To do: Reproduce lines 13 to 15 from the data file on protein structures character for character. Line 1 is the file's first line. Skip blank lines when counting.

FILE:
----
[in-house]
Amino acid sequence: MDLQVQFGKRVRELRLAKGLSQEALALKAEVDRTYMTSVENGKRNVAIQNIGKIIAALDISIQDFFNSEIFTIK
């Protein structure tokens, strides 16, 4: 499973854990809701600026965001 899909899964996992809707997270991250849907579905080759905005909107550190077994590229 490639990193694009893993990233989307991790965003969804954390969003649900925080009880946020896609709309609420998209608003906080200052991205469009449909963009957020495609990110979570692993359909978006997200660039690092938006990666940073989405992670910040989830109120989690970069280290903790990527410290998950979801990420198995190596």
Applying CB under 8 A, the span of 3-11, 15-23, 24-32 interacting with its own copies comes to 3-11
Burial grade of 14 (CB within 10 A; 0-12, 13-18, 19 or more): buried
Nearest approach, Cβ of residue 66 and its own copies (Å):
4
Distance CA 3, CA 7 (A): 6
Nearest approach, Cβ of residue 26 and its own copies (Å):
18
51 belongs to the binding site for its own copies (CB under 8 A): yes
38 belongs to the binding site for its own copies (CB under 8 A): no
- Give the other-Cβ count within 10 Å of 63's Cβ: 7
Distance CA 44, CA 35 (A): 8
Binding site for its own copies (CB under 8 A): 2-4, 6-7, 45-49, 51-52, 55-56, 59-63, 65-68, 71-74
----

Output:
- Give the other-Cβ count within 10 Å of 63's Cβ: 7
Distance CA 44, CA 35 (A): 8
Binding site for its own copies (CB under 8 A): 2-4, 6-7, 45-49, 51-52, 55-56, 59-63, 65-68, 71-74